Pyramid Lake, NV Jackie Cano
Brief Background • Pyramid Lake is named for its tufa rock formation located on the eastern shore. The large rock is natural stone formation standing five stories high and is both older and larger then the pyramids of Egypt.
Its surrounding environment has supported human life for at least 4,000 years. • Has originated different cultures around the lake, plants, and animals have lived around the lake. • Pyramid Lake has always been known as an Indian Reservation
Lake Lahontan • Pyramid Lake is only the ancient remains of Lake Lahontan • Giant inland sea • Pleistocene Era • 70,000 years ago in the last days of the ice age. • Pyramid, Walker, and some smaller lakes.
surface of approximately 174 sq miles and a depth of 331 feet • 35 miles Northeast of Reno, Nevada. • regular flow from the Truckee River; its main headwaters located in Lake Tahoe. • Sixty-two miles up the river are the cities of Reno, Sparks, Fernley, and Fallon, • 40 million gallons of treated wastewater
Derby Dam • The derby dam, which was built on the Truckee River in 1905 • 31 feet high and it was the source to allow water to reach the Truckee and arid Carson division lands. • The Newland’s project became the nation’s first water transfer project. • 1918-1970, the Pyramid Lake area lost 50% of its total flow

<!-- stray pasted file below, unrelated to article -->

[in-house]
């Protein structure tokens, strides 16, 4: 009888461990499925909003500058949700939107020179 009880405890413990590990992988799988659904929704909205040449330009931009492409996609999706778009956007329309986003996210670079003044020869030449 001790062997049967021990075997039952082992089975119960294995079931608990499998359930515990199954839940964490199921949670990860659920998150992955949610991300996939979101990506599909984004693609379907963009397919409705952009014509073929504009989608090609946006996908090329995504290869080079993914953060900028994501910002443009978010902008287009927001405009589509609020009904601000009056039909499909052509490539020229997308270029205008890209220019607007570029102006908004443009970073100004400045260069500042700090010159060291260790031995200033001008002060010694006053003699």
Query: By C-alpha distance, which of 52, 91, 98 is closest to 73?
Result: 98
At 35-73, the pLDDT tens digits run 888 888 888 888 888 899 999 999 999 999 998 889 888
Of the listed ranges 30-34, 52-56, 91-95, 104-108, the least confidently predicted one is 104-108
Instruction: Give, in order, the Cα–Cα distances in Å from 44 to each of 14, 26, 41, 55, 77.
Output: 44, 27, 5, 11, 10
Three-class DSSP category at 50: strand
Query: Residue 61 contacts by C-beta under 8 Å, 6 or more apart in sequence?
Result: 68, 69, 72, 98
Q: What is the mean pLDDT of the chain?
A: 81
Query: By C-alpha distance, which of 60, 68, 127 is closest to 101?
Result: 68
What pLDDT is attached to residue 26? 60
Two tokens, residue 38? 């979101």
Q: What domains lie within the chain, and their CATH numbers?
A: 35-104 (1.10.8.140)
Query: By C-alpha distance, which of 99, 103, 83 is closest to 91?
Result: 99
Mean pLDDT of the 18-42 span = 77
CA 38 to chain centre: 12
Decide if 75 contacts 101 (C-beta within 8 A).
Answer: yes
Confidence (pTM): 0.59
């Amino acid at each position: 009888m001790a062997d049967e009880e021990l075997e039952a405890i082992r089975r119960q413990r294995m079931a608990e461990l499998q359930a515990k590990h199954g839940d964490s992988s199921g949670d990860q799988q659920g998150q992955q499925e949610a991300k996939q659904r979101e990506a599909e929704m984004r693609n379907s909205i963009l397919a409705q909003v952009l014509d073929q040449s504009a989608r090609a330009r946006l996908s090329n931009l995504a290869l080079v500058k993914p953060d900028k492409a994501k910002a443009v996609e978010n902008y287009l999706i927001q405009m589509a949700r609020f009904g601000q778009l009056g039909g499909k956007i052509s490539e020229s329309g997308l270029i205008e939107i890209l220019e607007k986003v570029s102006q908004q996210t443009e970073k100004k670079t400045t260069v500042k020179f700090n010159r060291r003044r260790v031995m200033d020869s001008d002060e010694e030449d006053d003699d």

two native fish species became severely endangered • the cui-ui and the Lahontan cutthroat trout. • The Truckee River depleted the waters, and the fish were no longer able to reproduce naturally. • The Newland’s Project • Congress pass the Endangered Species Protection act in 1966.
Cui-ui, Chasmistescuju • large sucker fish that is found only in Pyramid lake • able to survive the construction of the dam • one of the few surviving members of its genus • critically endangered species.
Lahontan cutthroat trout • Oncorhynchus clarki henshawi • largest subspecies of cutthroat trout • State fish • 1,000,000’s of pound of fish, they caught every last one. • Extinct in the • late 1930’s
Prominent People • governed by 10 tribal council members • elected every two years in December. The tribe operates under • Indian Reorganization Act Constitution • 2,253 enrolled members • median age being 22 years old. • 56% employment rate and a 44% unemployment rate
Anaho Island • four miles east of the community of Sutcliffe • Anaho Island National Wildlife Refuge • second largest pelican colonies • President Woodrow Wilson in 1913 • 8,000 to 10,000 Pelicans • humans and boats are not allowed within 500 feet
Needle Rocks • The Tribe uses this spot as a place to offer prayer • vandalize it, by burning fire, and tagging • only tribe members are allowed to visit the area • Marble Bluff and Bee Hive area.